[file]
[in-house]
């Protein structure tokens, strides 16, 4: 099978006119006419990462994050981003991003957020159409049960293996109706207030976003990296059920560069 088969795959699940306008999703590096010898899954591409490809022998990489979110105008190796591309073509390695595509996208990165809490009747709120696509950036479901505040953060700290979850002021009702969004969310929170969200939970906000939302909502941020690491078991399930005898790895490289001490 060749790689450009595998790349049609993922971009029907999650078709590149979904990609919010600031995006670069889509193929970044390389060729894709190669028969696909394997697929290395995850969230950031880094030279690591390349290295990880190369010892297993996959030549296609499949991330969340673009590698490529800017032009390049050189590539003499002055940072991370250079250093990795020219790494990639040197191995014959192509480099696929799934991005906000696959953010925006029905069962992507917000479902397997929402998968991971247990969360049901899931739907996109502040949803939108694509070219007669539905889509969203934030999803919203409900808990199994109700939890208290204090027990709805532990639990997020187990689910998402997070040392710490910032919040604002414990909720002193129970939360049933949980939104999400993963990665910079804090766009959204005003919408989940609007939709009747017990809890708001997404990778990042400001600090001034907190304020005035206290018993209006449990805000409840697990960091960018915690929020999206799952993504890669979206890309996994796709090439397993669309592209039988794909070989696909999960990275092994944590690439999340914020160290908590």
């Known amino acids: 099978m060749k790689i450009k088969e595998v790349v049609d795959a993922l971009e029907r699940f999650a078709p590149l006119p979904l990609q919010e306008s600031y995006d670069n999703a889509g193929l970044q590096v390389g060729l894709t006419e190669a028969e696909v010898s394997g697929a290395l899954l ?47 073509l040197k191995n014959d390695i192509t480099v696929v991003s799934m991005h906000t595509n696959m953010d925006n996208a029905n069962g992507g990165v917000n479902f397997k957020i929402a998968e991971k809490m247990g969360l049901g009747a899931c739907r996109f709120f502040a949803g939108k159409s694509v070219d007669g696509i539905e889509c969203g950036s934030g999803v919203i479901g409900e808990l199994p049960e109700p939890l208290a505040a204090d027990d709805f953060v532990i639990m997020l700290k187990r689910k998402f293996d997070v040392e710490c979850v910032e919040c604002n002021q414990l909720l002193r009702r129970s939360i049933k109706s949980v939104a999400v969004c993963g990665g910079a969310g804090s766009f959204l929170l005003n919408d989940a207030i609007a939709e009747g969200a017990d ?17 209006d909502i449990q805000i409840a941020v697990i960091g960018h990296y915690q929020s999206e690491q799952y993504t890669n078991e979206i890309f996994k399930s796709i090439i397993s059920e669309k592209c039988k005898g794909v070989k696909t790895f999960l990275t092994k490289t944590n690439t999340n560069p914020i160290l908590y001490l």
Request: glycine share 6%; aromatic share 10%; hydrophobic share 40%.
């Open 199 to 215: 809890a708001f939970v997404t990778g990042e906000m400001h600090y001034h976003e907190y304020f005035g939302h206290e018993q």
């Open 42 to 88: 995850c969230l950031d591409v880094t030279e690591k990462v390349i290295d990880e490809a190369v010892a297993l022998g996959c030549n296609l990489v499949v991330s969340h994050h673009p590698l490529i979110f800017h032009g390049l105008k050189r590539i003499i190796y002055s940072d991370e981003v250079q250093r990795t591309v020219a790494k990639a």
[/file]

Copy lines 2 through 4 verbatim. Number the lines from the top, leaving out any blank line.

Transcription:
């Protein structure tokens, strides 16, 4: 099978006119006419990462994050981003991003957020159409049960293996109706207030976003990296059920560069 088969795959699940306008999703590096010898899954591409490809022998990489979110105008190796591309073509390695595509996208990165809490009747709120696509950036479901505040953060700290979850002021009702969004969310929170969200939970906000939302909502941020690491078991399930005898790895490289001490 060749790689450009595998790349049609993922971009029907999650078709590149979904990609919010600031995006670069889509193929970044390389060729894709190669028969696909394997697929290395995850969230950031880094030279690591390349290295990880190369010892297993996959030549296609499949991330969340673009590698490529800017032009390049050189590539003499002055940072991370250079250093990795020219790494990639040197191995014959192509480099696929799934991005906000696959953010925006029905069962992507917000479902397997929402998968991971247990969360049901899931739907996109502040949803939108694509070219007669539905889509969203934030999803919203409900808990199994109700939890208290204090027990709805532990639990997020187990689910998402997070040392710490910032919040604002414990909720002193129970939360049933949980939104999400993963990665910079804090766009959204005003919408989940609007939709009747017990809890708001997404990778990042400001600090001034907190304020005035206290018993209006449990805000409840697990960091960018915690929020999206799952993504890669979206890309996994796709090439397993669309592209039988794909070989696909999960990275092994944590690439999340914020160290908590």
């Known amino acids: 099978m060749k790689i450009k088969e595998v790349v049609d795959a993922l971009e029907r699940f999650a078709p590149l006119p979904l990609q919010e306008s600031y995006d670069n999703a889509g193929l970044q590096v390389g060729l894709t006419e190669a028969e696909v010898s394997g697929a290395l899954l ?47 073509l040197k191995n014959d390695i192509t480099v696929v991003s799934m991005h906000t595509n696959m953010d925006n996208a029905n069962g992507g990165v917000n479902f397997k957020i929402a998968e991971k809490m247990g969360l049901g009747a899931c739907r996109f709120f502040a949803g939108k159409s694509v070219d007669g696509i539905e889509c969203g950036s934030g999803v919203i479901g409900e808990l199994p049960e109700p939890l208290a505040a204090d027990d709805f953060v532990i639990m997020l700290k187990r689910k998402f293996d997070v040392e710490c979850v910032e919040c604002n002021q414990l909720l002193r009702r129970s939360i049933k109706s949980v939104a999400v969004c993963g990665g910079a969310g804090s766009f959204l929170l005003n919408d989940a207030i609007a939709e009747g969200a017990d ?17 209006d909502i449990q805000i409840a941020v697990i960091g960018h990296y915690q929020s999206e690491q799952y993504t890669n078991e979206i890309f996994k399930s796709i090439i397993s059920e669309k592209c039988k005898g794909v070989k696909t790895f999960l990275t092994k490289t944590n690439t999340n560069p914020i160290l908590y001490l």
Request: glycine share 6%; aromatic share 10%; hydrophobic share 40%.